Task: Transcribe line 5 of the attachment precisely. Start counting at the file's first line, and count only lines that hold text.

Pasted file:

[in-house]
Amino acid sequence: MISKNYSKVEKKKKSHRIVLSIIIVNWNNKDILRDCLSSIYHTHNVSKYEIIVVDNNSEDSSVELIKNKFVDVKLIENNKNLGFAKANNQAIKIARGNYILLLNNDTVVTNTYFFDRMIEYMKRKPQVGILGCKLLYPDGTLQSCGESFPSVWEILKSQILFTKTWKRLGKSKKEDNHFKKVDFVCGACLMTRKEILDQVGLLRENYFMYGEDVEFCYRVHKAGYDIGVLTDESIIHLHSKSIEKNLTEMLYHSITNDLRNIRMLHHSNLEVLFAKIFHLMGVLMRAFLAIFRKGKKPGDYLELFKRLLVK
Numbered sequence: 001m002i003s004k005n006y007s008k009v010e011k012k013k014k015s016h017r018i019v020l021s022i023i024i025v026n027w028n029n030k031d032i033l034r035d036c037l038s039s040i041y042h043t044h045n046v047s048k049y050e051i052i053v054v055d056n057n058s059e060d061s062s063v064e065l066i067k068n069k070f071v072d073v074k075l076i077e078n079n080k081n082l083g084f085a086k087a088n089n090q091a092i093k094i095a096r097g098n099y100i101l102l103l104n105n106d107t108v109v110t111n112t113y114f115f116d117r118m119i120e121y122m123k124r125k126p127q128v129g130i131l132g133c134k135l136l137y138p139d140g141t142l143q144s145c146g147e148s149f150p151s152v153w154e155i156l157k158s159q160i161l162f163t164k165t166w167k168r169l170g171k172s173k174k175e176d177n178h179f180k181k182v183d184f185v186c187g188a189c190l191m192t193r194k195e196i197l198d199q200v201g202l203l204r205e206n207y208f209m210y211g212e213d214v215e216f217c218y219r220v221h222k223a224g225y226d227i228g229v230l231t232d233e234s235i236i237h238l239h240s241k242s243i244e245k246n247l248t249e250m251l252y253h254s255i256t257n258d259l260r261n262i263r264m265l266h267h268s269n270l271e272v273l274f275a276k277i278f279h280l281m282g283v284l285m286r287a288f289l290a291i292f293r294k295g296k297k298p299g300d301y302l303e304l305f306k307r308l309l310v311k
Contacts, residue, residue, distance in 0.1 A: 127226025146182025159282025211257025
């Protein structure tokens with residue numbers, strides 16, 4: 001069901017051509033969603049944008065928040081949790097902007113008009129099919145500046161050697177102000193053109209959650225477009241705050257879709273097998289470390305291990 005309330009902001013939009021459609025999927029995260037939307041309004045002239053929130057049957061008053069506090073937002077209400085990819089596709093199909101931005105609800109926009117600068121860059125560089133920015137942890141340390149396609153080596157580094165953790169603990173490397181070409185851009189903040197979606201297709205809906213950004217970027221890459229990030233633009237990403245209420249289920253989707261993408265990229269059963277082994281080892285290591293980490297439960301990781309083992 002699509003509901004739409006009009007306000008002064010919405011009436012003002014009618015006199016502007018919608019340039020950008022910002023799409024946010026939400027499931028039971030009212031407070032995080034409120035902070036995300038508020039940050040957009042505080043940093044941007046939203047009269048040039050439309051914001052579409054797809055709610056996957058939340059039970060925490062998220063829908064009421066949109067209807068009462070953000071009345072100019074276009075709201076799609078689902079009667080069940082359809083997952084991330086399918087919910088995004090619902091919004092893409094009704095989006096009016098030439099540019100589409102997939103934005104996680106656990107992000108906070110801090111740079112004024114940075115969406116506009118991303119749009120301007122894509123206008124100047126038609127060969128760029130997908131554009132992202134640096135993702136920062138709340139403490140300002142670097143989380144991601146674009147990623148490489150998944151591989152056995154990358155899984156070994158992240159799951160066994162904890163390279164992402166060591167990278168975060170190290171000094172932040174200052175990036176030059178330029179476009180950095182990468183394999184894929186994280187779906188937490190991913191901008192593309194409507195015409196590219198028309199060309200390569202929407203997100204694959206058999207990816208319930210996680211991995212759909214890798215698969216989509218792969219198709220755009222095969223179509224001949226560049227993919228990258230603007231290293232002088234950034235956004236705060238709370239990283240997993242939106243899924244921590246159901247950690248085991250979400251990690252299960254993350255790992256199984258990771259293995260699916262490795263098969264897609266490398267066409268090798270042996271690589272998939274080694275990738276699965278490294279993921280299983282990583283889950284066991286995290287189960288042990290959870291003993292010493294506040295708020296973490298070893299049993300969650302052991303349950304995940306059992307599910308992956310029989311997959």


């Protein structure tokens with residue numbers, strides 16, 4: 001069901017051509033969603049944008065928040081949790097902007113008009129099919145500046161050697177102000193053109209959650225477009241705050257879709273097998289470390305291990 005309330009902001013939009021459609025999927029995260037939307041309004045002239053929130057049957061008053069506090073937002077209400085990819089596709093199909101931005105609800109926009117600068121860059125560089133920015137942890141340390149396609153080596157580094165953790169603990173490397181070409185851009189903040197979606201297709205809906213950004217970027221890459229990030233633009237990403245209420249289920253989707261993408265990229269059963277082994281080892285290591293980490297439960301990781309083992 002699509003509901004739409006009009007306000008002064010919405011009436012003002014009618015006199016502007018919608019340039020950008022910002023799409024946010026939400027499931028039971030009212031407070032995080034409120035902070036995300038508020039940050040957009042505080043940093044941007046939203047009269048040039050439309051914001052579409054797809055709610056996957058939340059039970060925490062998220063829908064009421066949109067209807068009462070953000071009345072100019074276009075709201076799609078689902079009667080069940082359809083997952084991330086399918087919910088995004090619902091919004092893409094009704095989006096009016098030439099540019100589409102997939103934005104996680106656990107992000108906070110801090111740079112004024114940075115969406116506009118991303119749009120301007122894509123206008124100047126038609127060969128760029130997908131554009132992202134640096135993702136920062138709340139403490140300002142670097143989380144991601146674009147990623148490489150998944151591989152056995154990358155899984156070994158992240159799951160066994162904890163390279164992402166060591167990278168975060170190290171000094172932040174200052175990036176030059178330029179476009180950095182990468183394999184894929186994280187779906188937490190991913191901008192593309194409507195015409196590219198028309199060309200390569202929407203997100204694959206058999207990816208319930210996680211991995212759909214890798215698969216989509218792969219198709220755009222095969223179509224001949226560049227993919228990258230603007231290293232002088234950034235956004236705060238709370239990283240997993242939106243899924244921590246159901247950690248085991250979400251990690252299960254993350255790992256199984258990771259293995260699916262490795263098969264897609266490398267066409268090798270042996271690589272998939274080694275990738276699965278490294279993921280299983282990583283889950284066991286995290287189960288042990290959870291003993292010493294506040295708020296973490298070893299049993300969650302052991303349950304995940306059992307599910308992956310029989311997959």